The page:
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How I Use Obsidian for Penetration Testing, CVE Hunting, and Studying

In the ever-evolving realm of cyber security, the tools and techniques at our disposal are as varied as the threats we aim to counteract. Among these tools, note-taking applications play a pivotal role, not just in organizing our thoughts but in streamlining our entire workflow. Today, I'm excited to share how Obsidian, a tool I embraced over two and a half years ago while preparing for my eJPT exam, has become an indispensable ally in my journey through penetration testing, CVE hunting, and continuous learning.

If you're not yet familiar with Obsidian, it's a robust note-taking application that operates on a local collection of plain text Markdown files. What sets it apart is its capability to interlink ideas, forming an expansive web of knowledge that is both intuitive and comprehensive to explore. Through considerable customization, I've developed what I consider to be an ideal method for consolidating notes, insights, and projects into a unified workspace. Here's a brief glimpse into my customized Obsidian setup:

Figure 1: Obsidian Vault Home Page

As you can see, there's a lot going on, so let's dive in.

How I Set Up My Obsidian

Navigating through over 600 pages of personal notes became increasingly overwhelming. My quest for a more efficient system led me to a game-changing YouTube tutorial on building a useful dashboard within Obsidian. This dashboard became the cornerstone of my organization, categorizing notes into specific domains like "Web Application Penetration Testing" and breaking them down into finer topics such as "Server-side Template Injection > Jinja."

Figure 2: Obsidian Vault Home Page Organization

Every new note begins its life on the dashboard, slotted into its appropriate subcategory. This not only makes note creation seamless but also ensures scalability. For new certifications, I craft a dedicated section on the dashboard, allowing me to focus solely on the exam material without distraction. My meticulous folder structure aids in potential migration to other apps, ensuring my notes remain organized.

Figure 3-4: Obsidian Vault Folder Structure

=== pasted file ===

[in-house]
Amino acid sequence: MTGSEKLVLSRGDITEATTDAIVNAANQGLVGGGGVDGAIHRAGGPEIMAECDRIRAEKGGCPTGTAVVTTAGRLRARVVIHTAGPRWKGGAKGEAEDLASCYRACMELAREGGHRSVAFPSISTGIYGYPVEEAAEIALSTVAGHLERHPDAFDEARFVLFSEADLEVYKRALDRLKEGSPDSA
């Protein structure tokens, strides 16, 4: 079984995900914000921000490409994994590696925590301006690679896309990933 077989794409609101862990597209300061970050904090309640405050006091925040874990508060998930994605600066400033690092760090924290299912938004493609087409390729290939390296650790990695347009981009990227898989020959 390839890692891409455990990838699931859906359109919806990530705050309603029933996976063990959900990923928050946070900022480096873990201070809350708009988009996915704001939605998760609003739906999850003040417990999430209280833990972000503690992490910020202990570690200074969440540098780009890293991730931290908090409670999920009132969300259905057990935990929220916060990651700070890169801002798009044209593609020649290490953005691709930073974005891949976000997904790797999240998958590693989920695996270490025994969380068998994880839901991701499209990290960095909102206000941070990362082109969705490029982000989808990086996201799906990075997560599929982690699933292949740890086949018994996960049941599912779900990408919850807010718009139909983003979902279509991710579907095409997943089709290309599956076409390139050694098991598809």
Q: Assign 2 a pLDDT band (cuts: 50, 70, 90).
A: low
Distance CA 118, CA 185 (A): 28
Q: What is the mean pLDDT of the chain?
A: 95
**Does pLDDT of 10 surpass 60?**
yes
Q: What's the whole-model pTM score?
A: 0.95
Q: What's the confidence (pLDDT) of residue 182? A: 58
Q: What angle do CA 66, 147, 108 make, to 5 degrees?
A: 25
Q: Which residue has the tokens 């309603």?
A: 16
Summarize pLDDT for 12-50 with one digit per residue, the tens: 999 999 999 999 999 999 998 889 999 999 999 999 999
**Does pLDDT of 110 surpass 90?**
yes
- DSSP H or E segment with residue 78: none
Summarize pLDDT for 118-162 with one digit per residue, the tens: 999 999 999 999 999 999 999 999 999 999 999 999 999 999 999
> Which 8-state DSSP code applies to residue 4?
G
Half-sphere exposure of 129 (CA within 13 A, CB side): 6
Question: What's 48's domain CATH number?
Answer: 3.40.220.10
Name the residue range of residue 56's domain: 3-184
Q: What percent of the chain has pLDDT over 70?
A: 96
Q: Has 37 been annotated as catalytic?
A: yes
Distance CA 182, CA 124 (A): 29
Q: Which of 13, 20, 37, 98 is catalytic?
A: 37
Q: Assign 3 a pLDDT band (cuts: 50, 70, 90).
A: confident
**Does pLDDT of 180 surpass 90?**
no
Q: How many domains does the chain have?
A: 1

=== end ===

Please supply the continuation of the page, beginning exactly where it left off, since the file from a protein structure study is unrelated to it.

A separate "Media" folder keeps screenshots, videos, and audio files neatly organized, maintaining a clutter-free note-taking environment.

Managing CVE Hunting with Obsidian

CVE hunting is a passion I frequently share on LinkedIn, and Obsidian plays a crucial role in this endeavor. My CVE Hunting folder is meticulously organized into subfolders and includes an email template for contacting vendors about potential vulnerabilities.

Figure 5: Obsidian Vault CVE Hunting Folder

Upon discovering a vulnerability, I categorize it by application-bug name, moving it through folders from "Pending" to "Accepted/Rejected," and finally to "Disclosed" upon public disclosure. Below is the template I use for reporting vulnerabilities to vendors:


I am a security researcher. During an assessment,
I discovered a vulnerability in the <APPLICATION> application - specifically,
the Version: <VERSION>.

The vulnerability is a <VULNERABILITY> with CVSS:3.1 <CVSS STRING> & Base: <BASE>.

Below is a detailed replication guide.

1. Step 1

2. Step 2

3. ...

I would like to publicly disclose this vulnerability via a CVE,
but until then, waiting for your response.

Best Regards,

Searching My Write-Ups

As my vault grows, efficient search capabilities become paramount. Obsidian excels in this area, especially when leveraging tags and the Colorful Tags Plugin to categorize and beautify my notes.

Figure 6: Obsidian Vault Graph View

Figure 7: Obsidian Custom Tags

This tagging system is invaluable for navigating complex CTF write-ups that may span multiple attack vectors.

My Obsidian Theming

Finding the right theme took some time, but I've settled on AnuPpuccin, enhanced with the Styles Settings Plugin. The JetBrainsMono Nerd Font at size 12 ensures readability and aesthetic appeal in dark mode.

Figure 8: Obsidian Vault Theming

Essential Community Plugins

  • Callout Manager: For crafting custom callouts, adding visual interest and clarity to my notes.
  • Banners: To enhance the aesthetic appeal of my homepage.
  • Colorful Tags: For a visually appealing tagging system.
  • Dataviews: Allows for vault statistics visualization and advanced queries.
  • Embed Code Files: For directly viewing parts of enumeration scripts or exploits within notes.
  • Homepage: Ensures Obsidian opens to my meticulously organized dashboard.
  • Obsidian Git: To sync my vault with a private GitHub repository for backup and version control.
  • Style Settings: For customizing the AnupPuccin theme to my liking.
  • Templater: To create advanced templates, streamlining the note-taking and research process.

By integrating these elements, my Obsidian setup has become a fortress of knowledge, aiding in everything from certification preparation to the thrill of CVE hunting. Whether you're a seasoned security professional or just starting out, I hope this insight into my Obsidian workflow inspires you to organize your digital knowledge base in a way that fuels your passion and productivity.